May 11, 2008

Wikia Search Infrastructure And Organization Discussion

The Wikia Search project (Wikipedia-model search engine) mailing list has had a thread discussing the status of updates and the social organization of the project, and which sort of arrangement would be best for the goals of having an open search project. There's been some confusion between who owns what part of the current technical infrastructure. Paul Vixie, who runs the Internet Systems Consortium (ISC) clarified (comment reformatted for readability):

The servers were donated to ISC, not Wikia. The bandwidth they use is provided by ISC. Wikia has donated a 15-ton air conditioner, a smattering of network switches and front end servers, and a heaping lot of [Wikia search lead]'s time and other Wikia staff time. Wikia has agreed in principal to underwrite the power costs of the ISC physical plant used by the crawlers and indexers. But as for a [different organization] there already is one (see, ugly though it is) and i think it's odd that anybody is still worried about that part. ISC is a 501(c)(3) [nonprofit] whose mission is public benefit. If anybody here thinks we're either incompetent or untrustworthy with regard to owning and operating a search engine backend, I'd thank you very much to call me on the phone and explain your concerns to me realtime.

My view is that the problem is not ISC's bona-fides. Rather, it's more the issue of Wikia's incentives as a VC-backed startup, versus the optimum structure of an open-source search project. Focusing on Paul Vixie or ISC shifts towards what I call the "positive" ad-hominem argument (roughly: "I'm a good person. Therefore, what I do must be good. If you say it's bad, you're saying I'm bad person. Because only a bad person does bad things. But I'm a good person, and you are then a bad person for saying otherwise. Therefore, you must be wrong. Because I'm a good person").

I'm a strong supporter of the ideas of Free Software and Open Source. But Wikia seems to be doing the worst implementation of this kind of project. Which is the arrangement where supposedly programmers do unpaid labor because they just luvvvv programming, and businesses make money off the honey from the little worker-bees.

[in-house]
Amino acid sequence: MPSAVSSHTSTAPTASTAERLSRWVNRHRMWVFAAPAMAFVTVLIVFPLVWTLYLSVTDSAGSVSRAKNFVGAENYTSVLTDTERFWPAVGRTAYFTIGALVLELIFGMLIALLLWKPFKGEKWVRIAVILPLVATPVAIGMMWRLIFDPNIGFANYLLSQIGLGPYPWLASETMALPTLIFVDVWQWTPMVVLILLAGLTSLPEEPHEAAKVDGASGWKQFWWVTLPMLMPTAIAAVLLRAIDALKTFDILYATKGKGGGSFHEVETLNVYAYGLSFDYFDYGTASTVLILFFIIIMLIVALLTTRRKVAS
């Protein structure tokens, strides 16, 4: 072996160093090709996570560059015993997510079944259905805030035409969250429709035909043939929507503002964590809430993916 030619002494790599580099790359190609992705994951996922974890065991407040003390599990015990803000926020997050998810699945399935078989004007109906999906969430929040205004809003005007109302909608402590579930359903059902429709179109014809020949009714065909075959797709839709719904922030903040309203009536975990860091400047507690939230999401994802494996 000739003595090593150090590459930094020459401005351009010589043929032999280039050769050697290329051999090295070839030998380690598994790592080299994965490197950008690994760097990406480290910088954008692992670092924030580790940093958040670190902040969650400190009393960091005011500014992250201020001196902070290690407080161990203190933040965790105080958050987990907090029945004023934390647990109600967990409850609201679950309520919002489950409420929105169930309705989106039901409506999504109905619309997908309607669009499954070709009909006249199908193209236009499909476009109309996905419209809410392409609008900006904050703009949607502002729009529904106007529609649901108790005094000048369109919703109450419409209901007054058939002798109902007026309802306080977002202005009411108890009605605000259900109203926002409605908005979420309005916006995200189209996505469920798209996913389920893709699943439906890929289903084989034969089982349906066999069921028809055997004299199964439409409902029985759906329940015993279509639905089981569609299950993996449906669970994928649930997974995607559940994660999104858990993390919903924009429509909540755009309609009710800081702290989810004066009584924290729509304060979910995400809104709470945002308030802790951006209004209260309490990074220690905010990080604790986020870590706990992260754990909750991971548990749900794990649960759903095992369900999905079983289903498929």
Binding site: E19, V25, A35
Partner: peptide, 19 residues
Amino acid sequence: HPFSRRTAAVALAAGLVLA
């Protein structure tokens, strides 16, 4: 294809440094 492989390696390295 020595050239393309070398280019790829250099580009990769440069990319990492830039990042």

Semi-related, there's an amusing graph of the Wikia Search Hype Cycle

Are you going to help take it to the next level?

Hmmm ...that's "you", as in you-Yes-YOU? No. I don't think so. I'm very wary of the way Wikia is positioned to "brand" everyone's work as its own (after all, that's happening right now with ISC's servers), and to commercialize itself anything of value from independent developers.

By Seth Finkelstein | posted in wikia-search | on May 11, 2008 04:41 PM (Infothought permalink)
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Brand. Yes. You got he point. Brand is the most important thing that Wikia is donating to the project. From all the wannabe search engines out there, Wikia Search was the one to get attention from the media and thus from the potential participants of the project.

Maybe people thought that since that was a project from the "wikipedia guy" it had higher chances of being successfull, and then went to find out more about it, and then they realized that the "wikipedia guy" didn't really have a very clear idea about how to make Wikia Search successful, but after taking the time to find out more about the project some of them decided it was interesting nevertheless and stayed to contribute.

Open source works because of the crowds of available developers, but there are many projects competing for their attention, so if there is something, such as a brand, that can attract them, then this isn't something bad.

Except for the fact that Wikia isn't non-profit, this isn't any different from other Open Source projects. If you contribute to any of the dozens of Apache projects, what people will see from outside is just "Apache" and not you.